Analysis: Stevie Mallan's nine goals outside the box for Hibs
Stevie Mallan has scored nine times for Hibs since joining in the summer, all of which have arrived from outside the box. Joel Sked looks back at each goal.
There will certainly be an argument that Mallan's debut goal for the club could well be his worst.
Winning 3-0 in the first-half against the Faroese opponents, Mallan led the defence a merry dance to create a shooting opportunity.
He struck the ball tamely between a defender's legs and his body language suggested it was not one of his better efforts. Only, Tordur Thomsen in the Runavik goal had other ideas and allowed the ball to slip under his hands.
In the same game Mallan gave fans a taste of his free-kick ability. Just a taste.
With Danny Swanson fouled more than 25 yards from goal his team-mate stepped up for what seemed an ambitious effort.
Mallan, with a technique not too dissimilar to David Beckham, zinged the free-kick into the air and down towards the top corner with a real zip.
The four-man wall were inconsequential, although Thomsen, again, did not help himself. He got across to the effort but was unable to keep it out despite getting two hands to the ball.
As Hibs fans would come to see, Mallan has a real variety with his free-kicks in terms of how he uses the wall or where he places the ball.
More than 25 yards from goal, but in a more central position, goalkeeper Eli Joensen was covering the right-hand side of the goal as Mallan looked.
Central free-kicks can be awkward for some players. For others it simply gives them more options. This is certainly the case with Mallan.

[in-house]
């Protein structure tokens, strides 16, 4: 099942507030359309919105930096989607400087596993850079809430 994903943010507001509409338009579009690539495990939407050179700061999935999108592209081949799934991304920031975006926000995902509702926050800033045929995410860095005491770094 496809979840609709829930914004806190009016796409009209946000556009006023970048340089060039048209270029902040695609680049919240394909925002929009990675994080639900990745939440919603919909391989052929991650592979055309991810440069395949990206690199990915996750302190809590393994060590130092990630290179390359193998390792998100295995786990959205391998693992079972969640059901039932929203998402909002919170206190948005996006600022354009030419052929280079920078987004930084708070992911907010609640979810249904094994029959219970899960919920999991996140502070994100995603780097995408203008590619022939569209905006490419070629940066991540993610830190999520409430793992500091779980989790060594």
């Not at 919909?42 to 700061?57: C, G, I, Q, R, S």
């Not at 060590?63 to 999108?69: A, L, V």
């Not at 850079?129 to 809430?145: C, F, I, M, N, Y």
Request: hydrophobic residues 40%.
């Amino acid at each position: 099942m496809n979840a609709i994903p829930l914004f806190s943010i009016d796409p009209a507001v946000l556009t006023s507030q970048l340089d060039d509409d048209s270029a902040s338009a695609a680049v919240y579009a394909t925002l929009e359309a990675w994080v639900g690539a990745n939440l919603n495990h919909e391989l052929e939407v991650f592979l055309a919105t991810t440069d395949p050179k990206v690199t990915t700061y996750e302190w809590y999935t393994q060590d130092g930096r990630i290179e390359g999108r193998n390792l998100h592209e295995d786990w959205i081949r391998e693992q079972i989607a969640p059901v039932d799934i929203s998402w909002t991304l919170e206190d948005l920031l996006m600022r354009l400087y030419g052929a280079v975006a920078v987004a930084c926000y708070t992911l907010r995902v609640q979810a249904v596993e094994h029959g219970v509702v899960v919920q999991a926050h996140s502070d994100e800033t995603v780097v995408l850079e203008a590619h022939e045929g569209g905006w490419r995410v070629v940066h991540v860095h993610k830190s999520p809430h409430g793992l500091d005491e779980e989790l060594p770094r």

The 22-year-old approaches free-kicks the same way a gunslinger would for a duel in the Wild West. A mental battle with the goalkeeper as he waits for the first move before shooting.
In this instance Mallan seemed set on going to the goalkeeper's side. The free-kick was struck so well, with Joensen not helping his cause by moving forward, that the ball curled all the way into the net without the goalkeeper getting near it.
With a quick turnover of possession, Mallan had room to motor into towards goal but, spotting the goalkeeper off his line, he had only one thought.
A quick touch out of his feet, he hit the ball in a way that it would rise up then dip back down quickly.
However, it appeared to take a slight deflection on its way into the net, with the ball spinning through the air. Mallan was aided by the fact the Runavik goalkeeper was almost sitting down by the time it had hit the net.
It was Mallan who got Hibs' domestic season up and running. He won the the free-kick after his volley was blocked by the outstretched arm of Motherwell captain peter Hartley.
The defender had clearly not thought about the danger the Hibs midfielder posed around the box. He was soon taught a valuable lesson.
Free-kicks on the edge of the box can prove tricky for players to get it up and down over the wall with the necessary pace to beat the goalkeeper. Yet Mallan, as he continues to show, is shrewd at using the wall or opponents, if in open play, to his advantage.
The default free-kick would have been a simple up and over. And that's what Trevor Carson expected when he made a fatal movement to his right. Mallan went left.
The wall is there to act as a shield for the goalkeeper. Mallan simply stole the shield and zipped a low shot into the far corner.
Low free-kicks are underestimated, especially with someone as good at striking a ball as Mallan. Rather than use his laces or strike the ball high up the side of his right-foot, he opted for a very powerful side foot, giving him that control to guide it into the corner.